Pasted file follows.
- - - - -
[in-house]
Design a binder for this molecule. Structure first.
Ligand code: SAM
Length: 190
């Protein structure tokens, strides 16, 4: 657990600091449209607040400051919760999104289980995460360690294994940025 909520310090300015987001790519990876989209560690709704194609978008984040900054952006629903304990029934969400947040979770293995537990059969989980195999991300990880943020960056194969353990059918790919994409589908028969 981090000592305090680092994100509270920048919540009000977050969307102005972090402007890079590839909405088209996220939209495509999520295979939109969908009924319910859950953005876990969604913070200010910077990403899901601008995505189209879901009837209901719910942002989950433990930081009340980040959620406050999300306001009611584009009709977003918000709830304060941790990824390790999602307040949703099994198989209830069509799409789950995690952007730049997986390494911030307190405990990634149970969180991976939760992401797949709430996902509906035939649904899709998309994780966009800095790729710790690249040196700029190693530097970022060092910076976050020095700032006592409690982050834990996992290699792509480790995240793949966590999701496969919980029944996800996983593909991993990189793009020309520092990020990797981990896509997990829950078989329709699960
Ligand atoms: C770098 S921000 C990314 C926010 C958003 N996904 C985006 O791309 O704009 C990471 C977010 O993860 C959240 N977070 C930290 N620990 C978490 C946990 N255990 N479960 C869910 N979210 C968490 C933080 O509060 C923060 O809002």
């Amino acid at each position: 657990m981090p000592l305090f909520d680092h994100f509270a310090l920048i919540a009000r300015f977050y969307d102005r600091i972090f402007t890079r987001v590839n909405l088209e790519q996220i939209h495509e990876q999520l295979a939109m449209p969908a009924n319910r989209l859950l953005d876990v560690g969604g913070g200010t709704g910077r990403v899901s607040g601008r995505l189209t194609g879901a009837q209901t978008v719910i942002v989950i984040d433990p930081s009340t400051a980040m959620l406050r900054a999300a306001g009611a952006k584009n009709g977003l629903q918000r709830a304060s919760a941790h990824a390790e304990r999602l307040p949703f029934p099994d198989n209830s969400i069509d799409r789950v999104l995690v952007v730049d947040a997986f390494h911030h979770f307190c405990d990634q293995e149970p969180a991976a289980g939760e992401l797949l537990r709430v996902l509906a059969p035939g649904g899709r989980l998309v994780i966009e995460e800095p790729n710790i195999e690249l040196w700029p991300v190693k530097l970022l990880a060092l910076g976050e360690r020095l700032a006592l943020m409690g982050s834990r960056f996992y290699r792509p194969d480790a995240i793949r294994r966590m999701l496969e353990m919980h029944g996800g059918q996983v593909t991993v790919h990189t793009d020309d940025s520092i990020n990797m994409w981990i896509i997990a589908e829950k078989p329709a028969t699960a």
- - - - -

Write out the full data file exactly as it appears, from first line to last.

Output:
[in-house]
Design a binder for this molecule. Structure first.
Ligand code: SAM
Length: 190
């Protein structure tokens, strides 16, 4: 657990600091449209607040400051919760999104289980995460360690294994940025 909520310090300015987001790519990876989209560690709704194609978008984040900054952006629903304990029934969400947040979770293995537990059969989980195999991300990880943020960056194969353990059918790919994409589908028969 981090000592305090680092994100509270920048919540009000977050969307102005972090402007890079590839909405088209996220939209495509999520295979939109969908009924319910859950953005876990969604913070200010910077990403899901601008995505189209879901009837209901719910942002989950433990930081009340980040959620406050999300306001009611584009009709977003918000709830304060941790990824390790999602307040949703099994198989209830069509799409789950995690952007730049997986390494911030307190405990990634149970969180991976939760992401797949709430996902509906035939649904899709998309994780966009800095790729710790690249040196700029190693530097970022060092910076976050020095700032006592409690982050834990996992290699792509480790995240793949966590999701496969919980029944996800996983593909991993990189793009020309520092990020990797981990896509997990829950078989329709699960
Ligand atoms: C770098 S921000 C990314 C926010 C958003 N996904 C985006 O791309 O704009 C990471 C977010 O993860 C959240 N977070 C930290 N620990 C978490 C946990 N255990 N479960 C869910 N979210 C968490 C933080 O509060 C923060 O809002």
């Amino acid at each position: 657990m981090p000592l305090f909520d680092h994100f509270a310090l920048i919540a009000r300015f977050y969307d102005r600091i972090f402007t890079r987001v590839n909405l088209e790519q996220i939209h495509e990876q999520l295979a939109m449209p969908a009924n319910r989209l859950l953005d876990v560690g969604g913070g200010t709704g910077r990403v899901s607040g601008r995505l189209t194609g879901a009837q209901t978008v719910i942002v989950i984040d433990p930081s009340t400051a980040m959620l406050r900054a999300a306001g009611a952006k584009n009709g977003l629903q918000r709830a304060s919760a941790h990824a390790e304990r999602l307040p949703f029934p099994d198989n209830s969400i069509d799409r789950v999104l995690v952007v730049d947040a997986f390494h911030h979770f307190c405990d990634q293995e149970p969180a991976a289980g939760e992401l797949l537990r709430v996902l509906a059969p035939g649904g899709r989980l998309v994780i966009e995460e800095p790729n710790i195999e690249l040196w700029p991300v190693k530097l970022l990880a060092l910076g976050e360690r020095l700032a006592l943020m409690g982050s834990r960056f996992y290699r792509p194969d480790a995240i793949r294994r966590m999701l496969e353990m919980h029944g996800g059918q996983v593909t991993v790919h990189t793009d020309d940025s520092i990020n990797m994409w981990i896509i997990a589908e829950k078989p329709a028969t699960a």